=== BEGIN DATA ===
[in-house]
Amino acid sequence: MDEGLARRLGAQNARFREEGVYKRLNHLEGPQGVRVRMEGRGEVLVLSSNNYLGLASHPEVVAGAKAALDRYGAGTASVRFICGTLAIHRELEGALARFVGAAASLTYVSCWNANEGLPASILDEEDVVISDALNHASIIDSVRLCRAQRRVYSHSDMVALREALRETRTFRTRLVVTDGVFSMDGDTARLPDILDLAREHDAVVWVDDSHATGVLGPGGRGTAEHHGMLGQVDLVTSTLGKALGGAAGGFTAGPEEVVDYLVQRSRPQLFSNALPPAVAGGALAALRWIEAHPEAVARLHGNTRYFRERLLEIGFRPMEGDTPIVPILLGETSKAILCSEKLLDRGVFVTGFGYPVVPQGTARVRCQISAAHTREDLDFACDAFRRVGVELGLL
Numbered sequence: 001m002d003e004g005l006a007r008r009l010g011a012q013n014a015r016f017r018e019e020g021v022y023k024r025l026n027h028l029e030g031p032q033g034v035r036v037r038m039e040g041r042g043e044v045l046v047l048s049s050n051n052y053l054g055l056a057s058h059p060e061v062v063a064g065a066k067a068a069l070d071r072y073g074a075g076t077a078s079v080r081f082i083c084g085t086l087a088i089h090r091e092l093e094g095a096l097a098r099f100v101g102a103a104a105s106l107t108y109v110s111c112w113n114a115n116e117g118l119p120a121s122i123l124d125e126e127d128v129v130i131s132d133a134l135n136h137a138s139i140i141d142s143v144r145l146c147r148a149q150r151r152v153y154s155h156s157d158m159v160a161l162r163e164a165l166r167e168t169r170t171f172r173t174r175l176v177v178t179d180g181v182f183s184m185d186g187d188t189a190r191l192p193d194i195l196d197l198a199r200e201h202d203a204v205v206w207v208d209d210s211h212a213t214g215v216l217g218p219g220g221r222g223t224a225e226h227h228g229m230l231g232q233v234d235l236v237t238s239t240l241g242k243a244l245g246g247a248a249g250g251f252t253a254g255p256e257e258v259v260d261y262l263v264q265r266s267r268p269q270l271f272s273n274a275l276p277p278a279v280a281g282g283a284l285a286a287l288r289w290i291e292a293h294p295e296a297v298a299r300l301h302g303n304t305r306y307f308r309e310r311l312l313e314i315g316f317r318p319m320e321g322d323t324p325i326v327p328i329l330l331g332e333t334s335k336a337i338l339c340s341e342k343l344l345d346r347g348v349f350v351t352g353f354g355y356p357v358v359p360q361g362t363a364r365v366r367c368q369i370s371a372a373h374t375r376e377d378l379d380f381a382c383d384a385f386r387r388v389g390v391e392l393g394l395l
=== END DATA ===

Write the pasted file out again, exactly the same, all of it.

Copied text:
[in-house]
Amino acid sequence: MDEGLARRLGAQNARFREEGVYKRLNHLEGPQGVRVRMEGRGEVLVLSSNNYLGLASHPEVVAGAKAALDRYGAGTASVRFICGTLAIHRELEGALARFVGAAASLTYVSCWNANEGLPASILDEEDVVISDALNHASIIDSVRLCRAQRRVYSHSDMVALREALRETRTFRTRLVVTDGVFSMDGDTARLPDILDLAREHDAVVWVDDSHATGVLGPGGRGTAEHHGMLGQVDLVTSTLGKALGGAAGGFTAGPEEVVDYLVQRSRPQLFSNALPPAVAGGALAALRWIEAHPEAVARLHGNTRYFRERLLEIGFRPMEGDTPIVPILLGETSKAILCSEKLLDRGVFVTGFGYPVVPQGTARVRCQISAAHTREDLDFACDAFRRVGVELGLL
Numbered sequence: 001m002d003e004g005l006a007r008r009l010g011a012q013n014a015r016f017r018e019e020g021v022y023k024r025l026n027h028l029e030g031p032q033g034v035r036v037r038m039e040g041r042g043e044v045l046v047l048s049s050n051n052y053l054g055l056a057s058h059p060e061v062v063a064g065a066k067a068a069l070d071r072y073g074a075g076t077a078s079v080r081f082i083c084g085t086l087a088i089h090r091e092l093e094g095a096l097a098r099f100v101g102a103a104a105s106l107t108y109v110s111c112w113n114a115n116e117g118l119p120a121s122i123l124d125e126e127d128v129v130i131s132d133a134l135n136h137a138s139i140i141d142s143v144r145l146c147r148a149q150r151r152v153y154s155h156s157d158m159v160a161l162r163e164a165l166r167e168t169r170t171f172r173t174r175l176v177v178t179d180g181v182f183s184m185d186g187d188t189a190r191l192p193d194i195l196d197l198a199r200e201h202d203a204v205v206w207v208d209d210s211h212a213t214g215v216l217g218p219g220g221r222g223t224a225e226h227h228g229m230l231g232q233v234d235l236v237t238s239t240l241g242k243a244l245g246g247a248a249g250g251f252t253a254g255p256e257e258v259v260d261y262l263v264q265r266s267r268p269q270l271f272s273n274a275l276p277p278a279v280a281g282g283a284l285a286a287l288r289w290i291e292a293h294p295e296a297v298a299r300l301h302g303n304t305r306y307f308r309e310r311l312l313e314i315g316f317r318p319m320e321g322d323t324p325i326v327p328i329l330l331g332e333t334s335k336a337i338l339c340s341e342k343l344l345d346r347g348v349f350v351t352g353f354g355y356p357v358v359p360q361g362t363a364r365v366r367c368q369i370s371a372a373h374t375r376e377d378l379d380f381a382c383d384a385f386r387r388v389g390v391e392l393g394l395l